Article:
We go behind the scenes at the latest F&B openings to check out the highlights and challenges faced.
On everyone’s lips is HolyCrab, a restaurant gaining popularity with its unique take on the coveted crustacean. Owner and chef, Elton Seah, 40, is not one to shy away from flavours like balsamic or green curry, all while satisfying traditionalist with the usual line-up of chilli and black pepper crabs.
We sat down with Chef Elton to find out his inspiration for the restaurant, his menu and what makes his crab dishes stand out.
How did your love for cooking begin?
When I was 13 and sent to a boarding school in California, getting used to American food was really painful. The section for Asian food was steamed rice and a bottle of soya sauce. So on weekends, we Asian students would cook hotpot, have Korean BBQ, and experiment with ramen.
How did HolyCrab go from private dining to becoming a restaurant?
I started off cooking for friends and family, who invited others. Eventually they offered to pay for the ingredients, and suggested that I do private dining. Then I decided to specialise in crabs. That’s how HolyCrab was born. It was just a hobby and I did two bookings a week, but I finally decided to pursue this fulltime with a restaurant. I had the confidence because of my pool of customers from the past seven to eight years.
How do you compete with other crab restaurants?
I don’t think much about the competition. I offer different crab dishes, like my green chilli crab, which I created because the good old Singapore chilli crab to me is a bit old. Most restaurants cook salted egg yolk crab dry, but we add the gravy element that can be soaked up with mantou. For my white pepper crab, I chose to add pink peppercorns for a different flavour profile.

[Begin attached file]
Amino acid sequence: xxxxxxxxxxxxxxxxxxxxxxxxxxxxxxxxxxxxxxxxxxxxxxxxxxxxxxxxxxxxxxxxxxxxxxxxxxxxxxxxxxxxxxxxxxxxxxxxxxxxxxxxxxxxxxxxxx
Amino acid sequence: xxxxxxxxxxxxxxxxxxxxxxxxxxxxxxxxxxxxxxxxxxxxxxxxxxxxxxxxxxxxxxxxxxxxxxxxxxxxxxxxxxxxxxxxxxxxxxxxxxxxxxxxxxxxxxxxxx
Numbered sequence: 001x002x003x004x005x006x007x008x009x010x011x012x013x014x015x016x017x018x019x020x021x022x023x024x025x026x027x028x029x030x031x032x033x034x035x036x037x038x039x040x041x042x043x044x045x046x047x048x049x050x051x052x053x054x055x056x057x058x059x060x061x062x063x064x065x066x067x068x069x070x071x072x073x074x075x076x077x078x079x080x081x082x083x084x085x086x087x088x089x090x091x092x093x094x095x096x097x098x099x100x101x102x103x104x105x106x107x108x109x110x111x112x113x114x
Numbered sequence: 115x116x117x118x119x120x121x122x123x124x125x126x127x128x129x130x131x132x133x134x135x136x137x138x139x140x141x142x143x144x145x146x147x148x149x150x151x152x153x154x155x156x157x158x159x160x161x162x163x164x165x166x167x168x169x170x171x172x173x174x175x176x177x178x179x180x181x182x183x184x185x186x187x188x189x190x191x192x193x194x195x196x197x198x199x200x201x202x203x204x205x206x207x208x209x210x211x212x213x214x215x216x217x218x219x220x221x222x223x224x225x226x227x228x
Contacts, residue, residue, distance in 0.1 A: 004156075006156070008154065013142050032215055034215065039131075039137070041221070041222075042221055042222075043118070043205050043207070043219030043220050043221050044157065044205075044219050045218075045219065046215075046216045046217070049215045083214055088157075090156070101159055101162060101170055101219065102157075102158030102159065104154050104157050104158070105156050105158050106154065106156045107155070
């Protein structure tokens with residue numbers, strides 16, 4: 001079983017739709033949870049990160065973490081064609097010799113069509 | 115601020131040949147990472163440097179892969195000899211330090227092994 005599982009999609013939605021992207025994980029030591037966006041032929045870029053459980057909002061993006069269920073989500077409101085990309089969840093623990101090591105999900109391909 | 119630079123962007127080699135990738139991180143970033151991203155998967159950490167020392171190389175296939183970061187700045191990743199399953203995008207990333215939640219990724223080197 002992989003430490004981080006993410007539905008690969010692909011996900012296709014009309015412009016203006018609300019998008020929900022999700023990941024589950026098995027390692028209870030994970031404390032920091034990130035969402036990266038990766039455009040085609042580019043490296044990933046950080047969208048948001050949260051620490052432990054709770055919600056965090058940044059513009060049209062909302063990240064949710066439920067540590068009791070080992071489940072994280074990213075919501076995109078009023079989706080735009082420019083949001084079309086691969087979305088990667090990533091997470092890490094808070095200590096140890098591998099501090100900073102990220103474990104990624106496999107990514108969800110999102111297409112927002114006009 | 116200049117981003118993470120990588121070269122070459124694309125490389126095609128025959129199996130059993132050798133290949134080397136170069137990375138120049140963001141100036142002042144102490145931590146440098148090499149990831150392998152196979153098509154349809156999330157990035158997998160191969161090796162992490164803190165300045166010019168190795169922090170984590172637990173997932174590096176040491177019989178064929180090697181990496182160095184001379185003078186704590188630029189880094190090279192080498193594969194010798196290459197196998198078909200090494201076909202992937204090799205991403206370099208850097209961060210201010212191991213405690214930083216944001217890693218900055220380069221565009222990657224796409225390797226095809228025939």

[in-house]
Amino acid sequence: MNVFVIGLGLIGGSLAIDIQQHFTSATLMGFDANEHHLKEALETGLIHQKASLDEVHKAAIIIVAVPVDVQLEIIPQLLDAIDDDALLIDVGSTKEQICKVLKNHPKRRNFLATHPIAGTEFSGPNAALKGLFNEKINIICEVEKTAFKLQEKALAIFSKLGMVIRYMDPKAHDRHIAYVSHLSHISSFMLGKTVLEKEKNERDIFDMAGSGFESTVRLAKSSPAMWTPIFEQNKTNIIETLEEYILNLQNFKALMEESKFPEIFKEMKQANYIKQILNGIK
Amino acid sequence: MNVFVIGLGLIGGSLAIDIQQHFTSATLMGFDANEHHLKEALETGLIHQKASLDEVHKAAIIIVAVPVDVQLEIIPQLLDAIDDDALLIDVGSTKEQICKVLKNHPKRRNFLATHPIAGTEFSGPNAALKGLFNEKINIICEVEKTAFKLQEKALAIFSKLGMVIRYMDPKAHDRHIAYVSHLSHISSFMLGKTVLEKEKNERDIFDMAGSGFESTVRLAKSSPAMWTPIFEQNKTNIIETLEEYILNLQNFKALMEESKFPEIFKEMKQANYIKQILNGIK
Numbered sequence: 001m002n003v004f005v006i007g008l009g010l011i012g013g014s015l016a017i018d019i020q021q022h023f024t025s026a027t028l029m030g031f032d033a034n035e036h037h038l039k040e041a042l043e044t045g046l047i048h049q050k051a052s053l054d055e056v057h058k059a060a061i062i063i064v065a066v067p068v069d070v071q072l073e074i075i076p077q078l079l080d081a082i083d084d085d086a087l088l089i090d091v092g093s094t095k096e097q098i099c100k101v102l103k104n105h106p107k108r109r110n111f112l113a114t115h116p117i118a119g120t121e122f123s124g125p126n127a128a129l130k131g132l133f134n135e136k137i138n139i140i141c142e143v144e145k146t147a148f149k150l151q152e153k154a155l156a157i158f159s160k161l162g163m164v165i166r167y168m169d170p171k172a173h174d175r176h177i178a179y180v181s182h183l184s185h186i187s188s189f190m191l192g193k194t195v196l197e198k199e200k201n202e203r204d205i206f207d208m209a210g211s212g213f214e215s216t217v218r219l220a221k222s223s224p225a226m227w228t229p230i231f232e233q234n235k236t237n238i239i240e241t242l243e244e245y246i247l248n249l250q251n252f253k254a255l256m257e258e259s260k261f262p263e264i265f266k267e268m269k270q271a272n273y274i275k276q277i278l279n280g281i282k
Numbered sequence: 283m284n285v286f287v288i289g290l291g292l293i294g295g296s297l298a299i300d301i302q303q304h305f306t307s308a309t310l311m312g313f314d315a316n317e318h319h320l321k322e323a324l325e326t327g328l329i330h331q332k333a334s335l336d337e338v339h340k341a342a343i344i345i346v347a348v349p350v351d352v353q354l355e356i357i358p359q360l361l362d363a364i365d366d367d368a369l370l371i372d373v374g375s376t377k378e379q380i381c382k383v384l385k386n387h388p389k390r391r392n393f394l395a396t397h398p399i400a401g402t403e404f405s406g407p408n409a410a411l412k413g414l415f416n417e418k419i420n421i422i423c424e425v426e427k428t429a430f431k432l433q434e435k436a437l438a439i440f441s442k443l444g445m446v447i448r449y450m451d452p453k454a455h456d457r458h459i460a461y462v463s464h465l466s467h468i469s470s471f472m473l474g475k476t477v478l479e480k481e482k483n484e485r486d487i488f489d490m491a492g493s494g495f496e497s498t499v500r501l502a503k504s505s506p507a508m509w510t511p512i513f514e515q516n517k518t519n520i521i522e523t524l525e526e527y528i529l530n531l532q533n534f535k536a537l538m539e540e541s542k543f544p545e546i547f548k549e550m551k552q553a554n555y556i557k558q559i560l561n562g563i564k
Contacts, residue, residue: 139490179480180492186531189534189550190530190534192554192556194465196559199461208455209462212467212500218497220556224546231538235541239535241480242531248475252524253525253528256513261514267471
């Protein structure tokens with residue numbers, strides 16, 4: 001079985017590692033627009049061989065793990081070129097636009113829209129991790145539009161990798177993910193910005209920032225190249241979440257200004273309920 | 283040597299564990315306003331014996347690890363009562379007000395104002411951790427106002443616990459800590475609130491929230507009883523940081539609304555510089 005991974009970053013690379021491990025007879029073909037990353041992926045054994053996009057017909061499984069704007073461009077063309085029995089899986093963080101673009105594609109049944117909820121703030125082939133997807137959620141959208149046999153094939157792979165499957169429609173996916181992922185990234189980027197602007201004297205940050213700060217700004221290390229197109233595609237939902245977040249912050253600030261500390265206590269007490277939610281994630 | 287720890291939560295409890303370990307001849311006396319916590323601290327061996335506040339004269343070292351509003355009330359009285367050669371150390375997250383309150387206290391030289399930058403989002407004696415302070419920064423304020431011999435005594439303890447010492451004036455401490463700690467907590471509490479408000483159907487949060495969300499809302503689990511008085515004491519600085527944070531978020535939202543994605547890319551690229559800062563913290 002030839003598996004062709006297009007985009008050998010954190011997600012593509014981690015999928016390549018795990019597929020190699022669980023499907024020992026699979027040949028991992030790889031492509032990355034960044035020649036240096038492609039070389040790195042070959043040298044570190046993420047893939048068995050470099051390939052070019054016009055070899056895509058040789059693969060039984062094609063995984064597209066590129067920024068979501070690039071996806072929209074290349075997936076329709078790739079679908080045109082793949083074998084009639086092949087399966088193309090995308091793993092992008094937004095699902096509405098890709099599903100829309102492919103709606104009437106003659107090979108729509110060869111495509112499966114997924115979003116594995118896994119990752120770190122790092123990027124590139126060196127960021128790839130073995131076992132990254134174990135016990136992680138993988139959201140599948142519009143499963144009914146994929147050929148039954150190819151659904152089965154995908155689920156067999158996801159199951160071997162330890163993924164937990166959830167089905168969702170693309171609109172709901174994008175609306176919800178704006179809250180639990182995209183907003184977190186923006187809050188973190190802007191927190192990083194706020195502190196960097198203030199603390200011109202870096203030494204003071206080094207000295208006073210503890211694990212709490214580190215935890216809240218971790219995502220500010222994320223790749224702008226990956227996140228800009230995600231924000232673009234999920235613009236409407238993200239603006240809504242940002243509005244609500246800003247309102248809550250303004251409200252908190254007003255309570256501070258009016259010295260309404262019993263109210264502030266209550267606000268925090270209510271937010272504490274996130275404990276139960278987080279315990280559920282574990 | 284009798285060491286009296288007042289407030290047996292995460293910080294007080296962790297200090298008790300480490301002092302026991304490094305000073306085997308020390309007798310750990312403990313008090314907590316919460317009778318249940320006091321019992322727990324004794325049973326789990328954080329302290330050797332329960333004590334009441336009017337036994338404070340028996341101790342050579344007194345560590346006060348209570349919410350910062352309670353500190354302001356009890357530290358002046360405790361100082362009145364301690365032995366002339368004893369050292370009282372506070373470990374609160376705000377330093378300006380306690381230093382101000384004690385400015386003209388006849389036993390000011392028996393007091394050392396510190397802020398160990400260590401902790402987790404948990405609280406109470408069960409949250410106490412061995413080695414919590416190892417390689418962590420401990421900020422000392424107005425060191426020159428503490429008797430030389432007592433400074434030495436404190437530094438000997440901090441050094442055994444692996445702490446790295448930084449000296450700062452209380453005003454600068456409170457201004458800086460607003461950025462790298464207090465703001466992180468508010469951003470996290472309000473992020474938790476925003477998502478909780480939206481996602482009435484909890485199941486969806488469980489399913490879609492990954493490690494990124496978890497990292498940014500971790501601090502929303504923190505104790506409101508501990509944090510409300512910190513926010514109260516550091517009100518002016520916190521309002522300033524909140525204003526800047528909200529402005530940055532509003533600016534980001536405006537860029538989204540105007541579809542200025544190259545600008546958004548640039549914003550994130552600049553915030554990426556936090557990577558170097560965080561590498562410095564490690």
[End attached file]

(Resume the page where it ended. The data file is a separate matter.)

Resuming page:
What has been your biggest challenge?
Managing the supply of crabs. A customer can order no crab dishes; a walk-in can take away five crabs. We once had three bookings cancelled in a day, and just last night, we ran out of crabs and I had to rush to Mustafa to find crabs.
What makes a good crab dish?
The core element is the freshness of the crab. On a scale of flavour intensity, you can have a level 1 steamed crab with Shaoxing wine or a level 10 tom yum crab. But if flavours are balanced, both would taste equally awesome. Also, the sauce has to complement and not mask the crab flavour.
Which crab dish represents your personality?
I would say the balsamic crab, because it speaks of my courage to do something different and being a trendsetter in the market. I had my fears about the dish because not everybody likes vinegar. It is a very acquired taste. We just have to tell them what to expect, and see if they want to try it.
Tell us about your vibrant chef jackets.
Initially my chef’s uniform was black, but it didn’t work for me. I’m a very loud and flamboyant guy. So I made jackets in bright pink, yellow, red, green and orange. Customers started taking photos with me and getting to know me. I sort of present myself as the third or fourth dish — although I’m not edible!